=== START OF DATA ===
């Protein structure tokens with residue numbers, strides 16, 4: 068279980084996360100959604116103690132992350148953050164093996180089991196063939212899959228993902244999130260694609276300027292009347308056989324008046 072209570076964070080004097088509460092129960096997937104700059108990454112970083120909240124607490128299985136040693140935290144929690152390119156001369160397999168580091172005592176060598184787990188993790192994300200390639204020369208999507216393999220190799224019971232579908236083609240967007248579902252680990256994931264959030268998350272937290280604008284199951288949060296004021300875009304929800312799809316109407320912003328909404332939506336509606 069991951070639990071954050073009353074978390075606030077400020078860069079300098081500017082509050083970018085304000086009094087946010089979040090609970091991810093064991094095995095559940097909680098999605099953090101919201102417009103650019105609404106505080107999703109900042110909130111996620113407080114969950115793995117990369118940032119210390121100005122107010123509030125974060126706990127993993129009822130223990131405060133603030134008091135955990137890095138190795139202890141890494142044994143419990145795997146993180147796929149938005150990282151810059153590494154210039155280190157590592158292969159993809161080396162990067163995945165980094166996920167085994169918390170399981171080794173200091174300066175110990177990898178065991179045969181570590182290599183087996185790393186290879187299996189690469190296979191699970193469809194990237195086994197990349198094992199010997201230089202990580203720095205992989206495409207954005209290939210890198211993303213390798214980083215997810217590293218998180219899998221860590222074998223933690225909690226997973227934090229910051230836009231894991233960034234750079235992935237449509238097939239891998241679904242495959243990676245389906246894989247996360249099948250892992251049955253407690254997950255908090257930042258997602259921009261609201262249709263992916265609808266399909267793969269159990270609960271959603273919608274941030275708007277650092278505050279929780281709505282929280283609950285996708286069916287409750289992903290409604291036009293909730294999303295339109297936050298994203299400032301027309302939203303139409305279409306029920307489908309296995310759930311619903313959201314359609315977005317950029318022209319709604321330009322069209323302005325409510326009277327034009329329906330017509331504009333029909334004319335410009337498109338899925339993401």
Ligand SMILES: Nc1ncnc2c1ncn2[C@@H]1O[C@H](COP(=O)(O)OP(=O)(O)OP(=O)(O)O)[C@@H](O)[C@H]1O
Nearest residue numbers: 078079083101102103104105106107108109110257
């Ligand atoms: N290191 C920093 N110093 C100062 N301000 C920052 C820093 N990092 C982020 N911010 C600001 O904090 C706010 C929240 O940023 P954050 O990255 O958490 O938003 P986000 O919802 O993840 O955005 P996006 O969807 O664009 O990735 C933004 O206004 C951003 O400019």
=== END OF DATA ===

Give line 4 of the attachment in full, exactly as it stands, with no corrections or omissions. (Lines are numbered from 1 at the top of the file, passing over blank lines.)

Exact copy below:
């Ligand atoms: N290191 C920093 N110093 C100062 N301000 C920052 C820093 N990092 C982020 N911010 C600001 O904090 C706010 C929240 O940023 P954050 O990255 O958490 O938003 P986000 O919802 O993840 O955005 P996006 O969807 O664009 O990735 C933004 O206004 C951003 O400019």